The following “Open Letter to NOLA” was posted on social media by Eric Cook, the owner and executive chef of Gris-Gris, a restaurant on Magazine Street in the Lower Garden District. It was addressed to “our friends, neighbors and family” and is published here with permission. As you know, we’ve been trying to fight the good fight through the past few months. Gris-Gris was one of the first restaurants to shut down when this whole thing began. We’ve been trying to keep everyone safe and do our best to keep our little corner of Magazine Street alive and well so we can keep doing what we love, and bring love to you guys every single day.
The COVID-19 testing site Monday (July 6) was closed as soon as it opened at 8 a.m., with the last person to be tested already in the long line at Dillard University. Tests are limited to 150 a day. The free testing will be held Tuesday (July 7) and Wednesday in Central City at the YMCA, 2220 Oretha Castle Haley Blvd. The noninvasive nasal-swab tests will be provided through New Orleans East Hospital. Results are expected to be online or delivered in two to three days.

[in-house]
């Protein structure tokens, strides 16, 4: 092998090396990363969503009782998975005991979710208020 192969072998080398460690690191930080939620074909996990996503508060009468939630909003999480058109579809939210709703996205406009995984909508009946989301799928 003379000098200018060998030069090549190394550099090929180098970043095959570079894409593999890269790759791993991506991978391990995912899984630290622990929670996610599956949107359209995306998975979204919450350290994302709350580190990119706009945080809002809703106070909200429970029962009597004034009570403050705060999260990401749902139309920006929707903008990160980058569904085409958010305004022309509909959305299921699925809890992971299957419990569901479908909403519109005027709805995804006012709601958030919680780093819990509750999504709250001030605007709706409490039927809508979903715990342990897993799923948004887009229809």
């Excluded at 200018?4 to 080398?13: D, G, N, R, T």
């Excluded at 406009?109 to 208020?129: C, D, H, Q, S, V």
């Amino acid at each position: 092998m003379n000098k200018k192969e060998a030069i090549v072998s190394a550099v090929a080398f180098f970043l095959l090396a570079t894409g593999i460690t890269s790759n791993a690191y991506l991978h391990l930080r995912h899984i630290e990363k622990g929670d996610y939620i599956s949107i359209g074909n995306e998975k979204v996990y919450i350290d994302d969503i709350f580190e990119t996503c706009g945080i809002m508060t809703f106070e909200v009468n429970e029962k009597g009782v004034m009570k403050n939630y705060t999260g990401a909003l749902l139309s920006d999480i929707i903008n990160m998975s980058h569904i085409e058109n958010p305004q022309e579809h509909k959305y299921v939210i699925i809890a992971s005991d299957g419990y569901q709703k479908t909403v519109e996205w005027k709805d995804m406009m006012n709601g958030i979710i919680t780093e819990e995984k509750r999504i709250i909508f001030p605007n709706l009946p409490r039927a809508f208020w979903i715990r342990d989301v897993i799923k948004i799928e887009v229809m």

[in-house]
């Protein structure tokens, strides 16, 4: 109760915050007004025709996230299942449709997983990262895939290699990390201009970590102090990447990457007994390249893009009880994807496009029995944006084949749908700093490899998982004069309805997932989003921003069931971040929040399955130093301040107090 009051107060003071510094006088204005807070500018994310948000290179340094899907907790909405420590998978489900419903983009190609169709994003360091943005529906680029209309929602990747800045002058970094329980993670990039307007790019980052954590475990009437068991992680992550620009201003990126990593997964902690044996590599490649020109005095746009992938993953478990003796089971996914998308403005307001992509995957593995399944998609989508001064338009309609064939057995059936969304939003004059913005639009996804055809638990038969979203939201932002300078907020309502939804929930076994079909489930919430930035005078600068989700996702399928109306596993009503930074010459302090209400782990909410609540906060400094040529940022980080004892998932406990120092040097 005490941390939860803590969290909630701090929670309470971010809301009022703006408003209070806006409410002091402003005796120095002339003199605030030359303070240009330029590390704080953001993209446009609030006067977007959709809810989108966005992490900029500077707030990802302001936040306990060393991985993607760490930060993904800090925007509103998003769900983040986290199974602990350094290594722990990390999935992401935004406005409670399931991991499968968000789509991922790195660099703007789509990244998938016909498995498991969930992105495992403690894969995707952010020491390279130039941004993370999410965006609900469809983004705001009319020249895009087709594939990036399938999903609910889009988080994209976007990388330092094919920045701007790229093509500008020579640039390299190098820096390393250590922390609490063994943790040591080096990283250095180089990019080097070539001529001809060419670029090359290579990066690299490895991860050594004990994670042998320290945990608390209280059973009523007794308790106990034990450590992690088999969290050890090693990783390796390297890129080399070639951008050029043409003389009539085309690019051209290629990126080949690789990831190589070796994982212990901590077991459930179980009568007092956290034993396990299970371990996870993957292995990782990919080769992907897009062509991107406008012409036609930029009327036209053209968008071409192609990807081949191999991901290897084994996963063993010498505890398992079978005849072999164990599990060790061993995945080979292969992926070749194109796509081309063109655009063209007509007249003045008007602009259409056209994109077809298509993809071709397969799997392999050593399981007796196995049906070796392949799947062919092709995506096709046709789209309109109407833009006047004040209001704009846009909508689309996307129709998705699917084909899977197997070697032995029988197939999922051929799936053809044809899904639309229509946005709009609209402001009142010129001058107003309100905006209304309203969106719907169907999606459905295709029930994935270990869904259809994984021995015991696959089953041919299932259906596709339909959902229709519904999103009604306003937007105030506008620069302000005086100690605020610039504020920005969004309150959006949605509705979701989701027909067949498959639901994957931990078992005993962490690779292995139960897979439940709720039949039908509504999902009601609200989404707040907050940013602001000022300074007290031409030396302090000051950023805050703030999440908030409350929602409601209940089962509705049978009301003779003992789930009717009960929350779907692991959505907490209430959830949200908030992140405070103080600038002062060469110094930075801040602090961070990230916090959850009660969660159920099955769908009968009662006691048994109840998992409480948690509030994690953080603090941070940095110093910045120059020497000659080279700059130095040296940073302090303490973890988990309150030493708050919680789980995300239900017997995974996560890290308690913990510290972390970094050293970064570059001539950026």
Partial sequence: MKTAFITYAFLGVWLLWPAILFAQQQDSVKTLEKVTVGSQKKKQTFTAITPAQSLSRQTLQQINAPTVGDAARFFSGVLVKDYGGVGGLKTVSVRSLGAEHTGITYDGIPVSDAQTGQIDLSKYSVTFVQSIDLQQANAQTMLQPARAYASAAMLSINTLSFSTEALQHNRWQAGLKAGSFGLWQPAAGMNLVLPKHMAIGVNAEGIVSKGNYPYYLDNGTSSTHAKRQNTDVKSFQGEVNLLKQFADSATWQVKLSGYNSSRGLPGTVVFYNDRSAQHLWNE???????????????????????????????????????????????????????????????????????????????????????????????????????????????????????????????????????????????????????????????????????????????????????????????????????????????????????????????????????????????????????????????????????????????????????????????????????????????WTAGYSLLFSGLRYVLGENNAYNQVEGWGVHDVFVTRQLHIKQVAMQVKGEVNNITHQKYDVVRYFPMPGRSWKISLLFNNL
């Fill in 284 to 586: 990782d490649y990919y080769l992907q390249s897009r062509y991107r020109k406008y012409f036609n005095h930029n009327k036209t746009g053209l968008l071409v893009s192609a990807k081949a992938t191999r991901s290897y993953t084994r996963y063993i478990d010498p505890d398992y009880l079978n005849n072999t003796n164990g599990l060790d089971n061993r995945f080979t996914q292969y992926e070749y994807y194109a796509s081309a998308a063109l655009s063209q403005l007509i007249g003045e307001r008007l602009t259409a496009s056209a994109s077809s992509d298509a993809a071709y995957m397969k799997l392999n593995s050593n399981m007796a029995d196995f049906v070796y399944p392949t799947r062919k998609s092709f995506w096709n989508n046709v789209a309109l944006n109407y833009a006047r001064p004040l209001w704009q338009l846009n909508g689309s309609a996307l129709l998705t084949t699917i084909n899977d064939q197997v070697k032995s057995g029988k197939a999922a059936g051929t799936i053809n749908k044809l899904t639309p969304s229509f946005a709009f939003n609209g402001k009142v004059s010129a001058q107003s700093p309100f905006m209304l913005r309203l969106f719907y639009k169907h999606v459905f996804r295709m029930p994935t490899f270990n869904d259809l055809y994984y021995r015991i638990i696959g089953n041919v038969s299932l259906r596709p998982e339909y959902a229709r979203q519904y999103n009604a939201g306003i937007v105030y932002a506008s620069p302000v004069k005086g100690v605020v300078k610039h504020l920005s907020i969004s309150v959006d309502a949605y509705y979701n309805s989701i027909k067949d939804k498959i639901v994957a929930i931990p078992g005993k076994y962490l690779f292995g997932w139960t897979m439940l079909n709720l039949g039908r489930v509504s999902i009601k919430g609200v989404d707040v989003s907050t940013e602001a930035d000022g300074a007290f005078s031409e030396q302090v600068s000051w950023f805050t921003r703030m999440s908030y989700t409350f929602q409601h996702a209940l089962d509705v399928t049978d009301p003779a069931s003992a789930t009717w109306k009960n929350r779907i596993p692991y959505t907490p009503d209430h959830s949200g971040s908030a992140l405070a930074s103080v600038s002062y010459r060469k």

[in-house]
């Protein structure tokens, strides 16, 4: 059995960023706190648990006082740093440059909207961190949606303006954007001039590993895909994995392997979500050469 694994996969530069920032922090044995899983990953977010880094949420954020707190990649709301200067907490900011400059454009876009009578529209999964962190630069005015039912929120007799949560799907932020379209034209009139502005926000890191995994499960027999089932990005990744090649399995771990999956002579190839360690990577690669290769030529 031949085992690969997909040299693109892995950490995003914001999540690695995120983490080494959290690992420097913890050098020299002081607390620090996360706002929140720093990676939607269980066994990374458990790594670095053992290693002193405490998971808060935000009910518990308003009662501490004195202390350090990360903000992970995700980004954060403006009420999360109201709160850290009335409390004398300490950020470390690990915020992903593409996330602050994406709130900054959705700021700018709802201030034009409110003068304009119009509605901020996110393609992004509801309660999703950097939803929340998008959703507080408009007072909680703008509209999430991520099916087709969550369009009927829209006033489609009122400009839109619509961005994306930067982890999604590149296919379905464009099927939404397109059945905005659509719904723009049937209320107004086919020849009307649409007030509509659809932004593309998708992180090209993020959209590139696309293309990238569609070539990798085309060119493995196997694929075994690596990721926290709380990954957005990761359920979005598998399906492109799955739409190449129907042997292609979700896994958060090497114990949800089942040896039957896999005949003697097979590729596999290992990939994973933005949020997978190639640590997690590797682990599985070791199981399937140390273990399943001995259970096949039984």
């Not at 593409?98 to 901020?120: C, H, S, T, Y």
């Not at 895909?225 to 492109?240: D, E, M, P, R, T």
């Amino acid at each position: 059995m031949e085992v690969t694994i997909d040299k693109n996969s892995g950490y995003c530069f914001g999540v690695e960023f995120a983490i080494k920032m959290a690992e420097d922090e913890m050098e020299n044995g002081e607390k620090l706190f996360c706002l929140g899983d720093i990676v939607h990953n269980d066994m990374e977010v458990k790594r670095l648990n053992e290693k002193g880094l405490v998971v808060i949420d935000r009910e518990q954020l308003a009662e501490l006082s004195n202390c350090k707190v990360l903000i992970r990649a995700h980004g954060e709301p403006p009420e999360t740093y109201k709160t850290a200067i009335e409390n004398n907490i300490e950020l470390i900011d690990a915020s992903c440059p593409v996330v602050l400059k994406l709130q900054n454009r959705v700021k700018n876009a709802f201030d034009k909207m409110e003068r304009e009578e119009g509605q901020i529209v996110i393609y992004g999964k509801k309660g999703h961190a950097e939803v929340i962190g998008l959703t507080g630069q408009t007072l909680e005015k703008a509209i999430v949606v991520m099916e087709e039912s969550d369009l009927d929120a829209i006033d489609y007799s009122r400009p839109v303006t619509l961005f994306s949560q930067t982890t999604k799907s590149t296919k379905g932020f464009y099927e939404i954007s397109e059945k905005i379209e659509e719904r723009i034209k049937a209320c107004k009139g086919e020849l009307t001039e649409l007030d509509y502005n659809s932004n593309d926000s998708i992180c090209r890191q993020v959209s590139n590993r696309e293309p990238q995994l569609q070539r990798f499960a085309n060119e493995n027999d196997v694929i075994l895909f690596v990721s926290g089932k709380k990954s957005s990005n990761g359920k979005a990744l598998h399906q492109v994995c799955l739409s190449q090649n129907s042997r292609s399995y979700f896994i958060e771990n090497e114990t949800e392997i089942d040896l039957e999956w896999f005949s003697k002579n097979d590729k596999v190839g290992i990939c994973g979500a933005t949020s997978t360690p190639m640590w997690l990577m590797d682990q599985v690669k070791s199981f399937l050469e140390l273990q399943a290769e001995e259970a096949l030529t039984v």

Xavier University is the first site in a campaign bring COVID-19 testing to medically vulnerable communities. Walk-up testing will be available at Xavier from Tuesday (April 21) through Friday of this week. LCMC Health, the New Orleans Health Department and Louisiana State University Health Sciences Center will be conducting a mobile testing campaign for COVID-19 across the metro area over the coming weeks. At a press briefing on Monday, Dr. Jennifer Avegno, director of the New Orleans Health Department, urged residents of the Xavier neighborhoods such as Gert Town, Hollygrove and Dixon to take advantage of the testing this week. To be eligible for testing, you must be 18 years of age or older and either recently exposed to COVID-19 or recently showing symptoms of the virus.